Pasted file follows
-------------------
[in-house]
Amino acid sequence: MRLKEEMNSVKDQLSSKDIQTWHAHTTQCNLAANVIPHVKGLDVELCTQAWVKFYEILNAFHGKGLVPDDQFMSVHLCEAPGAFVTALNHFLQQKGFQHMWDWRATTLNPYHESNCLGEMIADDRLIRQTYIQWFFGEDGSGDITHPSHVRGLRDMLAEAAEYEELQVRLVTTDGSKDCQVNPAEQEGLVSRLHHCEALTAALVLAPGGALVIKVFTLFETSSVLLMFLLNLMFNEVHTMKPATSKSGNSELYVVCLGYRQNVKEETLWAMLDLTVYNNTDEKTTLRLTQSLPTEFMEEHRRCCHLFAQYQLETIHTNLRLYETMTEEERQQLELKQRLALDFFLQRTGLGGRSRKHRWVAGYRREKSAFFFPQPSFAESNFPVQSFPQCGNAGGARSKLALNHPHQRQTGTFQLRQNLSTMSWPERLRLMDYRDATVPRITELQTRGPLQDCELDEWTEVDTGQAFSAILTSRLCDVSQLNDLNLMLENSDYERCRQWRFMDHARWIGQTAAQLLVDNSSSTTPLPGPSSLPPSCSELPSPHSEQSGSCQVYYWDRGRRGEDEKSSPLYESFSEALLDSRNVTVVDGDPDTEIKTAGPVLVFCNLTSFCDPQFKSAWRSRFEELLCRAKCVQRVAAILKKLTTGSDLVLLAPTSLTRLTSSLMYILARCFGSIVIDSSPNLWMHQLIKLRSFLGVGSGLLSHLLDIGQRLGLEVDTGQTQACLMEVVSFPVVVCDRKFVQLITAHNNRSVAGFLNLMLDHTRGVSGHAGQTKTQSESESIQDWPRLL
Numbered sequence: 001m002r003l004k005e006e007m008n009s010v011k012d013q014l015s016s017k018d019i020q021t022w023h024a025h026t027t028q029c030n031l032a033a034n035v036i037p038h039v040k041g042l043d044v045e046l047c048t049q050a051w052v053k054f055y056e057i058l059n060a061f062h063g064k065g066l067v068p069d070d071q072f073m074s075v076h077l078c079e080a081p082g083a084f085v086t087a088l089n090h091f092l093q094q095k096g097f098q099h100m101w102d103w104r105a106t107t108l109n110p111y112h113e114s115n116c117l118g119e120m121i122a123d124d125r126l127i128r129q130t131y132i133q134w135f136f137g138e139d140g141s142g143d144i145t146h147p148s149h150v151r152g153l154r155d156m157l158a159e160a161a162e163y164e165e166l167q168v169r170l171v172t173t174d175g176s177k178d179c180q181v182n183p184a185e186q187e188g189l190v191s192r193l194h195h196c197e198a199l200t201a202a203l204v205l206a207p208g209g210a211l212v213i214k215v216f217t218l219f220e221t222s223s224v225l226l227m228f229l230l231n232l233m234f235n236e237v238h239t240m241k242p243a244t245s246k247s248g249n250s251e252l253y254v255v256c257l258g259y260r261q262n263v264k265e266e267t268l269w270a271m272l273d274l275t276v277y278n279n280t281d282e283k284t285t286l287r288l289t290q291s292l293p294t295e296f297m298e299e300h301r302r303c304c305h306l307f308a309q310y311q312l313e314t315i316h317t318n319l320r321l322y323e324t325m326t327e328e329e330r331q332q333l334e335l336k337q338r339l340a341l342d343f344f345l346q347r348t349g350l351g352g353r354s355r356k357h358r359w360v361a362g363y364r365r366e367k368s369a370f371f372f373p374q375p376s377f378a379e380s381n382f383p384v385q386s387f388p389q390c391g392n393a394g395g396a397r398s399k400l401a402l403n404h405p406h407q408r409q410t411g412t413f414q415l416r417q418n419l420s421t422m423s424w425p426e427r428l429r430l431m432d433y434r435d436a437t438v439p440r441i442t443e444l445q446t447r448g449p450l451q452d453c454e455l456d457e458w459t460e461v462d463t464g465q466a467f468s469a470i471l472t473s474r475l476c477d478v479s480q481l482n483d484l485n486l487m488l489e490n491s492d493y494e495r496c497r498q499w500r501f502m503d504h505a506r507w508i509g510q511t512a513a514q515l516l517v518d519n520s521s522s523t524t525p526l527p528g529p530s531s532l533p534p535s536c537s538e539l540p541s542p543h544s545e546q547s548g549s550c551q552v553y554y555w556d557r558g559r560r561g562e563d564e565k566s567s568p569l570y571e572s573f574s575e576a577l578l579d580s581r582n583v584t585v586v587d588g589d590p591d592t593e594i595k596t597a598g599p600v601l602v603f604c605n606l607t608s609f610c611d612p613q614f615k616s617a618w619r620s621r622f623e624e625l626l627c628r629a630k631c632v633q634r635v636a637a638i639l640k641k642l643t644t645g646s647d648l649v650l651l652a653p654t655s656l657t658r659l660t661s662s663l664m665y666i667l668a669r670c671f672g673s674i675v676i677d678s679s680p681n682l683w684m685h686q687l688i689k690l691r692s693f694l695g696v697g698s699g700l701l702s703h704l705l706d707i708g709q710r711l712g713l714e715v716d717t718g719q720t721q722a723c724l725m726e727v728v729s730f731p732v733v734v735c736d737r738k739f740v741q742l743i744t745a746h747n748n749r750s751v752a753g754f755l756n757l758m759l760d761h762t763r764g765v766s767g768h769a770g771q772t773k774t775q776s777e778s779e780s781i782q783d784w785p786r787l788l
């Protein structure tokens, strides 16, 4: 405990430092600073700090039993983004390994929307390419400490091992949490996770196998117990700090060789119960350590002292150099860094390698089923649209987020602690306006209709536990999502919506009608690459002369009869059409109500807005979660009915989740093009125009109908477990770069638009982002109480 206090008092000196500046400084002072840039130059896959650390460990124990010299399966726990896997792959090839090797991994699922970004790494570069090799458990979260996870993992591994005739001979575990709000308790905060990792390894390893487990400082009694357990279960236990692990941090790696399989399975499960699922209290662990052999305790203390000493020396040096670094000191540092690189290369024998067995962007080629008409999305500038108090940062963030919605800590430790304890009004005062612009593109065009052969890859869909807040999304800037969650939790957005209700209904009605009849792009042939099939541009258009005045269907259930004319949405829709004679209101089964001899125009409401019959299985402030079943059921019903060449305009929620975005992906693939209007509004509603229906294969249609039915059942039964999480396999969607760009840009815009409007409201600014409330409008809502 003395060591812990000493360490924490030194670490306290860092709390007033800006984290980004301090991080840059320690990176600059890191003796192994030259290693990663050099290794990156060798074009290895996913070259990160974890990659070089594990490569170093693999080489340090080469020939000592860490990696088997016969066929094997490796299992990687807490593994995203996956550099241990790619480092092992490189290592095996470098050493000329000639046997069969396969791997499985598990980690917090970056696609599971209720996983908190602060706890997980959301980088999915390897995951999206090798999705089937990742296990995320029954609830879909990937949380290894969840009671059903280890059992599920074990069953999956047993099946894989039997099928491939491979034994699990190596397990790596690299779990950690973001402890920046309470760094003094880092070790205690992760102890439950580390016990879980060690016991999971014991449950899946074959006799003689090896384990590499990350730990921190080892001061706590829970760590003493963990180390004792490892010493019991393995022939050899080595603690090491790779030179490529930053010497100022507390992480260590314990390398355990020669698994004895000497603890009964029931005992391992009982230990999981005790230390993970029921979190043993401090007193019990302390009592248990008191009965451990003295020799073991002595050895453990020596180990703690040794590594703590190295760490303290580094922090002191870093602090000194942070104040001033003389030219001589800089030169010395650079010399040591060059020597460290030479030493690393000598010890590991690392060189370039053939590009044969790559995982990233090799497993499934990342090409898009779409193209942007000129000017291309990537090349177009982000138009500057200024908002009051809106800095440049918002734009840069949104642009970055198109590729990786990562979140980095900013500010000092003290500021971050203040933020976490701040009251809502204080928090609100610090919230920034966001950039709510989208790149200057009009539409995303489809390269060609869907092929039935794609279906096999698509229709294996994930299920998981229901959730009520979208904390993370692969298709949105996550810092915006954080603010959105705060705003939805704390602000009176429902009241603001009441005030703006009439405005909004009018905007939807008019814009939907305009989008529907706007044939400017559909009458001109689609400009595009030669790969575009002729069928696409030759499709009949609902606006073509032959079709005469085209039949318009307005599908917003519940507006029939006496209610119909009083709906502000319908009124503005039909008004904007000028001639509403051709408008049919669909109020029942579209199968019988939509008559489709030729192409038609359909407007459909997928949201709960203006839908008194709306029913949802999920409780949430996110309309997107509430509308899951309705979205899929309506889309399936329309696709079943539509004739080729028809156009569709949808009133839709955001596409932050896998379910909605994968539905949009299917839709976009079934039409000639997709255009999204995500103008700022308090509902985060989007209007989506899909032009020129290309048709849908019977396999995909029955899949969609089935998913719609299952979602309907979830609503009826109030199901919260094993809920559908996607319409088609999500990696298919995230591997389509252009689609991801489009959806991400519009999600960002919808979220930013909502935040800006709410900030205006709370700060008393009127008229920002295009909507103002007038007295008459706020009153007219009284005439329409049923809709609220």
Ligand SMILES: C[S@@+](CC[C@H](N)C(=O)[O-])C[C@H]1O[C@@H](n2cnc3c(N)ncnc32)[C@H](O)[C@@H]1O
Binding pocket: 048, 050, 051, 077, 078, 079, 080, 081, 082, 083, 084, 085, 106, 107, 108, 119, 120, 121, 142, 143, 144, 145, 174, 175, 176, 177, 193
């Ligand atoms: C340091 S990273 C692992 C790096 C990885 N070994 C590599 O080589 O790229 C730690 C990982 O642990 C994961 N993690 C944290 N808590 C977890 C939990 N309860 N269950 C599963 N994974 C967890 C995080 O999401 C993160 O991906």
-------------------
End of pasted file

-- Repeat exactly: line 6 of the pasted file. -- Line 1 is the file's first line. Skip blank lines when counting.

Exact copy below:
Binding pocket: 048, 050, 051, 077, 078, 079, 080, 081, 082, 083, 084, 085, 106, 107, 108, 119, 120, 121, 142, 143, 144, 145, 174, 175, 176, 177, 193